Despite China’s increased saber-rattling toward Taiwan over the past two years, most Taiwanese do not believe that war could erupt across the Taiwan Strait, a survey released on Tuesday showed.
Asked whether China would, for any reason, attack Taiwan sooner or later, 23.7 percent of respondents said they completely disagreed with the statement, while 40.6 percent said they did not fully agree with it, the poll showed.
This meant that 64.3 percent of respondents did not think there was a high possibility of a military attack by China, against 28.1 percent who thought the Chinese might attack, the survey by the Taipei-based Taiwanese Public Opinion Foundation showed.
Compared with a similar survey conducted two years ago, the percentage of people who thought that a Chinese attack was possible sooner or later increased by 12.1 percentage points, while those who disagreed fell by 13.1 percentage points.
In terms of age, young Taiwanese were more inclined to believe that China would attack Taiwan, with 39 percent of those in the 20-24 age group thinking that Beijing would do so, while 49 percent disagreed.
In the 25-34 age bracket, 63 percent disagreed, outnumbering the 34 percent who agreed.
Among respondents aged 35-64, 67 percent disagreed, far more than the less than 30 percent who agreed.
By education background, more college and university graduates and advanced degree holders tended to think that “there would be a war between Taiwan and China,” while the rest shrugged off the idea, the survey showed.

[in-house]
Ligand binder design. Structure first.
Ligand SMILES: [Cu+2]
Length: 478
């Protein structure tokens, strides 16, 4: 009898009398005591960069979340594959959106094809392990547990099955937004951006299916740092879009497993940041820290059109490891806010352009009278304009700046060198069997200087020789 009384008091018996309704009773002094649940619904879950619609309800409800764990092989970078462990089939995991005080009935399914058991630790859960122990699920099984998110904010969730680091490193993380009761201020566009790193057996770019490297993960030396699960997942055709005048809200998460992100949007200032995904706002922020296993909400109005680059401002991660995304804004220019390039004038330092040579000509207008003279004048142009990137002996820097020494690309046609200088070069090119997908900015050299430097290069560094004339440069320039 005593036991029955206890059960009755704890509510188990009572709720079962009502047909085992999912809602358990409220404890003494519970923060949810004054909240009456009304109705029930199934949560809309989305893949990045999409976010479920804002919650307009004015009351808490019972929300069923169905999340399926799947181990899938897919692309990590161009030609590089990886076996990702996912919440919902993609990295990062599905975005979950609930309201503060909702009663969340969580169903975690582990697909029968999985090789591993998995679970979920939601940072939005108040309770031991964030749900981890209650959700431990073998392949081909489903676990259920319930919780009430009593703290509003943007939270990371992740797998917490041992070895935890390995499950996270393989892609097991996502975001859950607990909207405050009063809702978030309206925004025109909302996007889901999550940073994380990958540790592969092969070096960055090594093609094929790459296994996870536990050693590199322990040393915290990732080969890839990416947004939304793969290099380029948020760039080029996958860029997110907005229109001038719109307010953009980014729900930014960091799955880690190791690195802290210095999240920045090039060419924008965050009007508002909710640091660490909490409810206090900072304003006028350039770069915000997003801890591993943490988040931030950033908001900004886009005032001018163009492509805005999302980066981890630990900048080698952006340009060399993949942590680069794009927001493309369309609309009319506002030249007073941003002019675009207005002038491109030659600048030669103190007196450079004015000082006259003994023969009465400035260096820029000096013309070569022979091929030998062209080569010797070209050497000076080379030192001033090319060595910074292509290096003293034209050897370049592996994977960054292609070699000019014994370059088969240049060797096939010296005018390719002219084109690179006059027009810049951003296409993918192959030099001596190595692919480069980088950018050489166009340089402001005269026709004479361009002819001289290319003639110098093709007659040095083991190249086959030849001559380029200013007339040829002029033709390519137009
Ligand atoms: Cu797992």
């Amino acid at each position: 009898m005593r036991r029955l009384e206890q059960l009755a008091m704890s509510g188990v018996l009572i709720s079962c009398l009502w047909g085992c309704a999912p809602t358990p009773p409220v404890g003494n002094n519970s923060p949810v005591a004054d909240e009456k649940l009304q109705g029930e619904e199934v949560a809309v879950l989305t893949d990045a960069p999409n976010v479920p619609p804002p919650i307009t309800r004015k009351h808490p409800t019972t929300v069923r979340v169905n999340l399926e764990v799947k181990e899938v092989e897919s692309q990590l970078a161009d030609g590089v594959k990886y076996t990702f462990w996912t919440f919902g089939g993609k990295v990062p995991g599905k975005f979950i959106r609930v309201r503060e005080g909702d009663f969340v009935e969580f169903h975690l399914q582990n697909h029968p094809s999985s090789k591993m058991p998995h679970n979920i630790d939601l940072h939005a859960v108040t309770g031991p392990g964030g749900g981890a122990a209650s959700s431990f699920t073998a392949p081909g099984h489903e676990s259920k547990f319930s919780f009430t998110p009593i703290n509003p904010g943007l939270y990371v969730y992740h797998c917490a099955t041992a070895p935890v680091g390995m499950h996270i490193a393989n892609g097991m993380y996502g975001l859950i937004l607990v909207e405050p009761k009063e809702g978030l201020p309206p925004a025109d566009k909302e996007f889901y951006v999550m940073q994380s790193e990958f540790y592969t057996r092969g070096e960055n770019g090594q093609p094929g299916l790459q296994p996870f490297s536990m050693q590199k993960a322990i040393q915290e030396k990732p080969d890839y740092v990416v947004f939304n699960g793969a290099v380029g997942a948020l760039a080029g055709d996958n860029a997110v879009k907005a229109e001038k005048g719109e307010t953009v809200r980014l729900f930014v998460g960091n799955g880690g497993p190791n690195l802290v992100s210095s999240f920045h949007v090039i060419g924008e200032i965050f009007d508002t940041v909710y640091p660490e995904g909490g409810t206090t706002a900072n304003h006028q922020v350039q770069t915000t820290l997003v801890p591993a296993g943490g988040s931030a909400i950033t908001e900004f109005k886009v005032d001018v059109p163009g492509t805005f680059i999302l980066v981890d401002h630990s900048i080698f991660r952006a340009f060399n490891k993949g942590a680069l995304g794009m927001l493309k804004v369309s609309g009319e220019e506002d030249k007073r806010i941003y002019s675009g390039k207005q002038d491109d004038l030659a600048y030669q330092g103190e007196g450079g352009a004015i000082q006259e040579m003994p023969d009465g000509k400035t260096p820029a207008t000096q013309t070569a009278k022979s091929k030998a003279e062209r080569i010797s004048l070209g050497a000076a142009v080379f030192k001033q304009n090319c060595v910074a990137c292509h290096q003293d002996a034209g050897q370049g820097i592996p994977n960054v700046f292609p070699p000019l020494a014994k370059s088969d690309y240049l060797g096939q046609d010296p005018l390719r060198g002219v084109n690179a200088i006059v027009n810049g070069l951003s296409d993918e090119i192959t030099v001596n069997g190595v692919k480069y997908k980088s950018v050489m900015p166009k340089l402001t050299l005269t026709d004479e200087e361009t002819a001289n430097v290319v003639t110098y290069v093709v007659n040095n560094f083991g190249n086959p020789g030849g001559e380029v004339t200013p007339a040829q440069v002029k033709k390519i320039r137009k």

There was also a clear divide between supporters of the Democratic Progressive Party (DPP) and those of the Chinese Nationalist Party (KMT).
About 77 percent of DPP supporters disagreed that a “Chinese attack was possible sooner or later,” while 18 percent agreed.
On the other hand, 59 percent of KMT supporters did not think an attack from China was likely, while 38 percent thought an attack was possible, the survey showed.
In the face of a hypothetical Chinese attack on Taiwan, 48 percent of respondents were confident in the military’s defense capability, marginally higher than 47 percent who were not.
The survey, carried out from Oct. 18 to 20, collected 1,075 valid samples from respondents aged 20 or older. It has a margin of error of 2.99 percentage points.
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